It goes way beyond concrete nouns. Every time I say probably,
I’m making an abstract categorization of some situation I
am facing. Every time I say but, every time I say on
the mark or after all or in fact or
you bet or of course or whatever idiomatic
phrase or stock phrase you wish, I’m finding what feels like
the appropriate category in my phrasal lexicon, to use
Joe Becker’s term. Word choices come from a competition between
thousands, even millions, of situations or feelings that we’ve
stored in our minds during our lives. Every last word choice is
a cognitive struggle among an unimaginably large set of possible
competing analogies. When I’m speaking with you like this,
every time I hesitate for a tiny fraction of a second before I say
a word, every time that I slightly distort a vowel or lengthen a
consonant for just a few milliseconds, every such thing is a subtle
hint of that fierce cognitive struggle that is taking place behind
the scenes in my brain...
DRH: And so, to me, suggesting that categorization comes
down to just feature detection is to trivialize these
wonderfully deep cognitive acts. I mean, feature detectors do exist
in the brain, that’s clear — there are neurons that
respond to horizontal lines or vertical lines in the visual field,
and so forth and so on, but please tell me how something like a
mess or a snack consists of some standard
kind of arrangement of horizontal and vertical lines, blue and red
lines, etc. It’s ridiculous! And then what about but
situations? And after all situations? And be my
guest situations? Where are the features that
categorize such things? Features, schmeatures! What kind of feature
detectors in your brain fired, a few minutes ago, to let you
know that you were facing a steal your thunder situation
(you were talking about putting my analogies article on the Web
site)? Or what kind of feature detectors went off in
my brain when I described Joe Becker’s youthful article as
in-your-face? Throwaway remarks like this, which are
a dime a dozen in everyday speech, so that they seem rather banal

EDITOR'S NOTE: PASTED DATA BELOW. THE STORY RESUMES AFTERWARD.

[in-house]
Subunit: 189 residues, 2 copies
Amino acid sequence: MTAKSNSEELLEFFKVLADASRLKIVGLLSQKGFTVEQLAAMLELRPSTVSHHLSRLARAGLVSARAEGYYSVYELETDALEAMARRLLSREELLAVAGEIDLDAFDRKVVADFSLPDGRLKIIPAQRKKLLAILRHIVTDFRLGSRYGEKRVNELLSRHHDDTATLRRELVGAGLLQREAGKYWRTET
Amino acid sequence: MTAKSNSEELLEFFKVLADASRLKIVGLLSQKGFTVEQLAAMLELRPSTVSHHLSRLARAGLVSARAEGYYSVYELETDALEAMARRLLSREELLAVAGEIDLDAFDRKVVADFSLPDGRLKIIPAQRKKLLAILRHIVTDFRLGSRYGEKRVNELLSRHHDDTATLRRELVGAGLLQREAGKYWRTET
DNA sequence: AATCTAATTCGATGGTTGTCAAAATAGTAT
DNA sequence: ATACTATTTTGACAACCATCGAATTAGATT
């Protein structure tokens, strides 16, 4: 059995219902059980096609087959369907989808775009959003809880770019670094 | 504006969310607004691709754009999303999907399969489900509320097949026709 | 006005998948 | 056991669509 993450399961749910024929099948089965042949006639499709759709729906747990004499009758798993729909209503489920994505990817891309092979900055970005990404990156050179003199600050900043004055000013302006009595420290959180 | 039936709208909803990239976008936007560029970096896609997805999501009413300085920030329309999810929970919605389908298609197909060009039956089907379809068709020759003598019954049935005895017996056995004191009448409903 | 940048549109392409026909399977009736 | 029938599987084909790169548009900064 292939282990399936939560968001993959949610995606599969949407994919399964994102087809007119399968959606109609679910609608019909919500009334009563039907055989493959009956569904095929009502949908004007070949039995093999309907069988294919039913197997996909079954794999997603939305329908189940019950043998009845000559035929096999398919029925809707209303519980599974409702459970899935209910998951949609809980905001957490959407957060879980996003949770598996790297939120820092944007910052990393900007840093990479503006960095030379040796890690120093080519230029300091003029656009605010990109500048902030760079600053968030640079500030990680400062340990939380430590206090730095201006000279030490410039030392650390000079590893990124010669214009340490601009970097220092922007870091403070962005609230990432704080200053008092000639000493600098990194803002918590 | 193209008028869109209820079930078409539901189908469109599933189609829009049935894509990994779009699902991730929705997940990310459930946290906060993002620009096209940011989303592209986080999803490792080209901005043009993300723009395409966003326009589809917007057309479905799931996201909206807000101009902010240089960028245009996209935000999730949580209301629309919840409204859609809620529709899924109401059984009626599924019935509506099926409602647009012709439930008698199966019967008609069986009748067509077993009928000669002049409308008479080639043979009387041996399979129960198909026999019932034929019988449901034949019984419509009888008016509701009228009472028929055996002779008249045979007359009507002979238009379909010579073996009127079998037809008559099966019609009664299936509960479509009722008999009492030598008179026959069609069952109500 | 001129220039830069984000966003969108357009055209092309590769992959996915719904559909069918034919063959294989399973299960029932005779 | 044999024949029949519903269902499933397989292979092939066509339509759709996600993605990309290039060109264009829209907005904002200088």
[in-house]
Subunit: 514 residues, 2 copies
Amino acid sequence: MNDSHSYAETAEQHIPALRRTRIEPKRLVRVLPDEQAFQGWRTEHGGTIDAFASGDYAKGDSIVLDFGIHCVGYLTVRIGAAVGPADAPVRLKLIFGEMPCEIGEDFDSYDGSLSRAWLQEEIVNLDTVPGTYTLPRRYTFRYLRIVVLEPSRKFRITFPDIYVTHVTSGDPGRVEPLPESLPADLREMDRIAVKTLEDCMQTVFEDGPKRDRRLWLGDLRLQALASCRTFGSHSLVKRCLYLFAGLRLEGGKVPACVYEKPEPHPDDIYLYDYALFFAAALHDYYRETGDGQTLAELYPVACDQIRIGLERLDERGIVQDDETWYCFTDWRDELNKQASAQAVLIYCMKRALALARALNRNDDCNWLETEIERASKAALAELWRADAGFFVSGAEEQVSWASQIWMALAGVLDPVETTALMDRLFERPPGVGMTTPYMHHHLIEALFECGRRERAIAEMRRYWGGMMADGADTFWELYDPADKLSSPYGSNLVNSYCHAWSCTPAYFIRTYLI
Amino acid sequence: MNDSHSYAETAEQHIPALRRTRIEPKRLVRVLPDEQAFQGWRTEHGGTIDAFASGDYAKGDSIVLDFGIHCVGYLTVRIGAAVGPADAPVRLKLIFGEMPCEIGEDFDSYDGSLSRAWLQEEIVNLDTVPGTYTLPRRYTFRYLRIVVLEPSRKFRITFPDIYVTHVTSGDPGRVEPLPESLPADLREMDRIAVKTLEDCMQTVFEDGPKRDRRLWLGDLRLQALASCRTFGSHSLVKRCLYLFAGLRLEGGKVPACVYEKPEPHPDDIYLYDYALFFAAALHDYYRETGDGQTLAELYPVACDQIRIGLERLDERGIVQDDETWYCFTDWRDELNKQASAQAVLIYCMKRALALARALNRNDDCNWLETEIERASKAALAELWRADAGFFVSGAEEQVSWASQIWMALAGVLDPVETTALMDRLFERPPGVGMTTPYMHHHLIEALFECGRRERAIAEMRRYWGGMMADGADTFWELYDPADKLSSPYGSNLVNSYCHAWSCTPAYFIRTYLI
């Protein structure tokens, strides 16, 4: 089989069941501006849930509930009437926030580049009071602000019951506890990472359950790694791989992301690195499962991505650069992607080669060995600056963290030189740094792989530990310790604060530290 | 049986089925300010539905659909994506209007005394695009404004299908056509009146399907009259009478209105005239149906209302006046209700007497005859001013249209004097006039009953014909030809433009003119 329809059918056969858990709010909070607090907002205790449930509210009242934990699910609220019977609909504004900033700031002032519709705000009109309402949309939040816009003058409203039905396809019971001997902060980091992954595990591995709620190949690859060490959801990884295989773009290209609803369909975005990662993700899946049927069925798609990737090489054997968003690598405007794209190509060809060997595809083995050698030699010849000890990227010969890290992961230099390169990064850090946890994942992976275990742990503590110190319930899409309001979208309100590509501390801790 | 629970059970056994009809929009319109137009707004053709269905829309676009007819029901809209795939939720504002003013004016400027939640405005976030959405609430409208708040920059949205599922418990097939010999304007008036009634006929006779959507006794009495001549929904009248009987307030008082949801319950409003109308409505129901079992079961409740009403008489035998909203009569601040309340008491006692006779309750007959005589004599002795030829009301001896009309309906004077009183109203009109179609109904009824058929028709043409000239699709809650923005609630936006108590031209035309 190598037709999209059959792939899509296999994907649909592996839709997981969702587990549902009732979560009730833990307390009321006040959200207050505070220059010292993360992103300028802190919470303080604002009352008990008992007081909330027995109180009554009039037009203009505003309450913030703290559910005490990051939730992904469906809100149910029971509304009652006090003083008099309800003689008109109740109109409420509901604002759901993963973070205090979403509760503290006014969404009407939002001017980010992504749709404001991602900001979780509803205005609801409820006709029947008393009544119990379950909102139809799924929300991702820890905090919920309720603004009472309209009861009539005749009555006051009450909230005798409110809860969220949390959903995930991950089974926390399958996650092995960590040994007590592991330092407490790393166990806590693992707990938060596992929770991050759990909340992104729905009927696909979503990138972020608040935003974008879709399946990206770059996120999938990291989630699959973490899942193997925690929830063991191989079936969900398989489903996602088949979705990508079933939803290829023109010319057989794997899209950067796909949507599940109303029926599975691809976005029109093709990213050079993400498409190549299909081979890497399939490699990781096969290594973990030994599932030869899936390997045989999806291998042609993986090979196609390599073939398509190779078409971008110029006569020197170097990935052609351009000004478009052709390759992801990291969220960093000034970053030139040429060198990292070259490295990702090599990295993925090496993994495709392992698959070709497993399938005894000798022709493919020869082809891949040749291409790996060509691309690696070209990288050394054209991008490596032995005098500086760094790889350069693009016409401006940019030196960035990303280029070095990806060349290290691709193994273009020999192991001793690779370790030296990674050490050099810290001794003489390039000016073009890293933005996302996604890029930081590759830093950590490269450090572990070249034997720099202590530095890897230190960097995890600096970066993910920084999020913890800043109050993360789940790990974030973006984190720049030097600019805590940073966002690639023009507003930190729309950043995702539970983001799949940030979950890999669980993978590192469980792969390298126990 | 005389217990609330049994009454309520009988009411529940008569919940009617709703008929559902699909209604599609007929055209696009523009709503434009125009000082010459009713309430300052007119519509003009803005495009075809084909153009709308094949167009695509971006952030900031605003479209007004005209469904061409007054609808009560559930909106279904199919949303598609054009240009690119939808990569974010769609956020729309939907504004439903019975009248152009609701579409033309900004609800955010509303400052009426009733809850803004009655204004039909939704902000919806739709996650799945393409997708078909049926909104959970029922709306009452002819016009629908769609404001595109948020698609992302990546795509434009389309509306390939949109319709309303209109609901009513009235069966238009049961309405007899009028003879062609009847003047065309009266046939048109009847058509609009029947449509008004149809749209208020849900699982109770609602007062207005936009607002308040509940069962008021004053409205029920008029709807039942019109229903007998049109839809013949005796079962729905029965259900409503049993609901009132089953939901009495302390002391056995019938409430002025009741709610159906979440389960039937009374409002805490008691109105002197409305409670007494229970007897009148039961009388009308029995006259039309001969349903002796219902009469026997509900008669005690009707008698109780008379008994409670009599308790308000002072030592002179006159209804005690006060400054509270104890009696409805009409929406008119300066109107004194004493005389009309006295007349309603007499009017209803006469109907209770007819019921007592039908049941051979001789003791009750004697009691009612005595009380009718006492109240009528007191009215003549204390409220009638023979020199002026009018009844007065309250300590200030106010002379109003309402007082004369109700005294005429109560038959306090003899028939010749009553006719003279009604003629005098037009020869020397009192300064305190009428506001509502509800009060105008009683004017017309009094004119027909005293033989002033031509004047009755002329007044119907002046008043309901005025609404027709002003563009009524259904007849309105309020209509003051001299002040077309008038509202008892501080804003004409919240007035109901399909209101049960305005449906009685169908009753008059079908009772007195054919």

and trivial to most people, are in fact extremely deep cognitive
acts — they are wonderful acts of categorization, and that
GW: Speaking of deep cognitive acts, how did
your Einstein talk go in Urbana? This was the one for which you’d
sent me a very amusing abstract, consisting
of one enormously long sentence, about the analogies that Einstein
used in creating all of his great ideas, right? I think the talk
was to be called How Analogy Showed
Einstein the Light, and Light Showed Einstein the Universe.
DRH: Yes, that’s the one: it went pretty well from my point
of view, and I think the audience enjoyed it. It took me a long
time to write that abstract, and I tried reading it aloud in one
breath, but could never come close.
GW: The abstract was certainly unique, and the talk sounded
very interesting. I mean, I really love poetry translation, as you
know, and I guess I probably had understood before, on some level,
how analogical thought was central while translating from one language
to another — it’s a great example of analogical thought,
in fact — but to show the same sorts of analogical thought
processes in scientific thinking, and in the greatest of all scientific
thinkers! That seems to be really raising the bar... upping the
ante... in the discussion of analogies.
DRH: Hmm.... Raising the bar, upping the
ante.... Just look at those colorful phrases that you just
pulled out of a hat, without the slightest effort! You should really
think about that: why did you choose those particular abstract
One has to do with high-jumping, right? And the other one has to
do with poker-playing, right? Of course by now the meanings of
phrases are more extended, they have become broader categories
than their original meanings, but what situations call them forth?
in this situation evoked them? And why two of them at once? What
kind of mysterious unconscious lightning-fast analogies were made
(and please don’t call it analogical reasoning!),
pulling up these phrases out of your huge phrasal lexicon and making
you utter them now and not any other time during our conversation?
And what will be the circumstances the next time you use either
of them? And will both of them be appropriate the next time, or
just one of them? And why?
GW: Ha, yes.... Yes, I will certainly think about why I
chose these phrases — although I’m tempted to claim
that it was your own favorite shadow category, the “barring
of rays,” that led me to the raising of bars....
DRH: I think you may be pushing my principle of poetic
lie-sense a bit too far on this one...
GW: Yes, yes, you’re right. Anyway, although I confess
I’m quite tempted, I would obviously never include such a
bad pun in this very serious Web site for your very serious lecture.
DRH: Thanks, I appreciate it.
Text by Douglas Hofstadter and Glen Worthey
Stanford University Libraries.